Cerner’s annual Total Shareholder Return over the past 15 years (as of 9/5/14) was 25.23 percent, compared with the S&P 500’s 4.6 percent, according to Morningstar. That performance came about because of Cerner’s underlying business and the leadership that spawned it.
Cerner is a healthcare IT company started in 1979, and run since by co-founder and CEO Neal Patterson. Cerner has an asset-light, highly scalable business design and plays in a high-growth market space. The company mines it for solutions it can deliver early with superior value propositions: prominently, employing operational efficiency for its customers and ideally engendering a high switching cost.
These days, Cerner is riding market demand for its electronic medical-records solution, one of the very few that meets Federal standards. Meeting them qualifies Cerner’s customers, hospitals and other healthcare providers for a preferred reimbursement rate from Medicare and Medicaid. The amounts involved are not chump change, so Cerner is now an obvious choice to help its customers make more money, something struggling facilities welcome.
Cerner excels at seeing embryonic market needs, then takes the risk to address them, and it does so creatively and well. Fueling this growth is Patterson’s passion to enable improved and lower cost health-care delivery through interoperability and higher quality outcomes.
Founder Jim Koch took his great-great grandfather’s recipe for beer and, with the help of two pals from his Harvard Business School days, formed Samuel Adams Beer. That company, which evolved into Boston Beer, has delivered a compound average total annual return of 39.8 percent over the past three years and 24.6 percent over the past 10 years. Why?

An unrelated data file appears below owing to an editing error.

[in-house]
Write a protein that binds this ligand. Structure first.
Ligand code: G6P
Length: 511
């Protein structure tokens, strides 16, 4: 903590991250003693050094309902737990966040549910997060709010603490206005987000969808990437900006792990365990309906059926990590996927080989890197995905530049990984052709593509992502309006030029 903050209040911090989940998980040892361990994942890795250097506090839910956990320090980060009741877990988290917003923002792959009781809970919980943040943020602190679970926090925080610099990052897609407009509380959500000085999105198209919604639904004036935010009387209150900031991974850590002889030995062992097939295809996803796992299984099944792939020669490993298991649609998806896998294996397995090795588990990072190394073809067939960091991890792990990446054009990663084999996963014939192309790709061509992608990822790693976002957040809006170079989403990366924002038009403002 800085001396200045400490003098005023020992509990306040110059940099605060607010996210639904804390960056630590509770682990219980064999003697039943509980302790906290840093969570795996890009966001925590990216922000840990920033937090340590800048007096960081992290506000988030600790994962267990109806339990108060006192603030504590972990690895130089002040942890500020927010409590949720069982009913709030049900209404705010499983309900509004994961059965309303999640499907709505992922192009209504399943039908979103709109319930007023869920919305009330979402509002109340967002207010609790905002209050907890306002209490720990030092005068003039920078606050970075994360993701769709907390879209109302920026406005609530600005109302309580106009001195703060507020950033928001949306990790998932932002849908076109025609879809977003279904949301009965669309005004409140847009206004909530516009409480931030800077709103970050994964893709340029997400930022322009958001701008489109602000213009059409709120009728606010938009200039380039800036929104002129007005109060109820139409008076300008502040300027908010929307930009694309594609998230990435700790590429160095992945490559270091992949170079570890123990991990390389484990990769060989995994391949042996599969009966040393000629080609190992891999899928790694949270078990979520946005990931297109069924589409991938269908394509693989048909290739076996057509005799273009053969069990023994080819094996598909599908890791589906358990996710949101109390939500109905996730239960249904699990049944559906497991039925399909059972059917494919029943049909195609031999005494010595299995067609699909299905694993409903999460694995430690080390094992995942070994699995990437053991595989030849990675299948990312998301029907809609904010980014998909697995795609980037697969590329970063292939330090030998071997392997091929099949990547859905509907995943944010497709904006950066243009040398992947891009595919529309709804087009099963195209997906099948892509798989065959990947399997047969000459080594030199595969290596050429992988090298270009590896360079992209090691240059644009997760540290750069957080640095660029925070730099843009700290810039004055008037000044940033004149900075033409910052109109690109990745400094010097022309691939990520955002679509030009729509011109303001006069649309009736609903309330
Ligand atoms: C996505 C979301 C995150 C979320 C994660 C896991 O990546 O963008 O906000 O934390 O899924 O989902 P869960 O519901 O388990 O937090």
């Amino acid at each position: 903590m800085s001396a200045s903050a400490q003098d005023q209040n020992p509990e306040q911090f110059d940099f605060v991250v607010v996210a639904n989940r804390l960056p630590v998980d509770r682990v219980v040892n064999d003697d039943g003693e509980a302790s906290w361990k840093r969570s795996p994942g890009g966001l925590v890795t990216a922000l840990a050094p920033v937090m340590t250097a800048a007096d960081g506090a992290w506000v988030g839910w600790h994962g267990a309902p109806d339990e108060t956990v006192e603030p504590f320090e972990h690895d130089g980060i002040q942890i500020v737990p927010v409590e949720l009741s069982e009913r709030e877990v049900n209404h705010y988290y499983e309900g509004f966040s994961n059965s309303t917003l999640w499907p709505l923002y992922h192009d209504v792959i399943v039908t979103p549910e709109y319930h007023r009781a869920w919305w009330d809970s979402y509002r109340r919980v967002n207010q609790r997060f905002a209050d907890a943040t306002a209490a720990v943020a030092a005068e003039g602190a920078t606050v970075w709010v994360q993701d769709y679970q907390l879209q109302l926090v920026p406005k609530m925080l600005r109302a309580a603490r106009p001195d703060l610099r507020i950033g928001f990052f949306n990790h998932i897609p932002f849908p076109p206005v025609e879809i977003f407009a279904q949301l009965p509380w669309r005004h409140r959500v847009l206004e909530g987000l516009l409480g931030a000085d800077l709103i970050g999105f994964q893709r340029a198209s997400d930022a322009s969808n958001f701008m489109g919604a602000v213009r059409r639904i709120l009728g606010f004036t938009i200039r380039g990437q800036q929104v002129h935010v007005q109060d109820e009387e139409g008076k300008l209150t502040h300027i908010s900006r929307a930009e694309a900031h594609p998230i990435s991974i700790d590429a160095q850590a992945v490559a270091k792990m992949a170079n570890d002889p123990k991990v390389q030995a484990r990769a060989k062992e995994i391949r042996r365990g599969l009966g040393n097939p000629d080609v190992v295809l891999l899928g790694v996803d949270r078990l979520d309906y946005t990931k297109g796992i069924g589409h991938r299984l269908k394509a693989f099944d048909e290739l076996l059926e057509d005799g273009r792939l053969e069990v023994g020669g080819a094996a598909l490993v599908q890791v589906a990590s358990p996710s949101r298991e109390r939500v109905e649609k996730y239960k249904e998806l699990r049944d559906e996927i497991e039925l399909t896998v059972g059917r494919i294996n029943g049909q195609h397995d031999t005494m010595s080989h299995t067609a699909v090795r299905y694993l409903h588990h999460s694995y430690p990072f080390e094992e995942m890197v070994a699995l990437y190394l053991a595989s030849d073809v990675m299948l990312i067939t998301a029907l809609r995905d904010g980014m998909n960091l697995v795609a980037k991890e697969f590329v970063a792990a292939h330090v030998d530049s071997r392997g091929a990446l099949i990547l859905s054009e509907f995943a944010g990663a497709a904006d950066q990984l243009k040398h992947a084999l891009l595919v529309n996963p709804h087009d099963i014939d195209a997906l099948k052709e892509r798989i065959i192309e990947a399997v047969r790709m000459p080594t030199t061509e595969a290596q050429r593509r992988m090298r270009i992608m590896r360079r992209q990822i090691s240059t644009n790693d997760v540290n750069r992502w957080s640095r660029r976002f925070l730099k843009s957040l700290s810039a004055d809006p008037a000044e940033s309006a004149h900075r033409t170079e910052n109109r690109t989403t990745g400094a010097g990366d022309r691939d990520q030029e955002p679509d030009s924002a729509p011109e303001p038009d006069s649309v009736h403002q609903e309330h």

For Jim, Boston Beer’s now CEO Martin F. Roper, and their brewmasters, including Dr. Joseph Owades, it’s all about the products, well-honed methods for concocting and making great ones and their passion. To capture as much share of the beer-drinker stomach as possible and to drive overall product velocity, they now make a wide variety of craft beers. They keep experimenting—their beers are voted on by their communities and in worldwide beer-tasting competitions (and discontinued if appropriate). The company has even funded a division, Alchemy & Science, to serve as an R&D lab for new beer ideas.
Further enhancing their value proposition, Boston Beer introduced its Freshest Beer Program, an inventory-management initiative that prevents their beer from sitting in distributors’ non-temperature-controlled warehouses for too long. To show they’re serious, Boston Brewing will buy back beer that’s past its peak-freshness date.
What’s more, they’re good guys—as evidenced by the fact that they shared their excess hops with other craft brewers, at cost, during a 2008 shortage.
Harley gets a lot right: creating a passionate “customer tribe” through its Harley Owner’s Group (repeat sales, price premiums); extensive customization capabilities; flexible, as well as surge manufacturing, so as to meet sudden spikes in demand; and a reputation for quality.
Harley’s challenge is an aging core U.S. market, resulting in slow growth. There are, however, large, fast-growing, lower-end motorcycle markets in China and India, and Harley is reaching out to a broader demographic with their Street line of cycles.
Interestingly, Harley’s bad-ass, black-leather-brand image creates both enthusiastic fans in one group and those who don’t relate (a larger group). So Harley’s opportunities to scale worldwide are, in a sense, limited by its brand. Harley’s management recognizes this situation and is trying to evolve. Establishing more culturally resonant brands overseas and leveraging its customer cultivation, design and manufacturing expertise could have wheels, but it surely won’t be easy.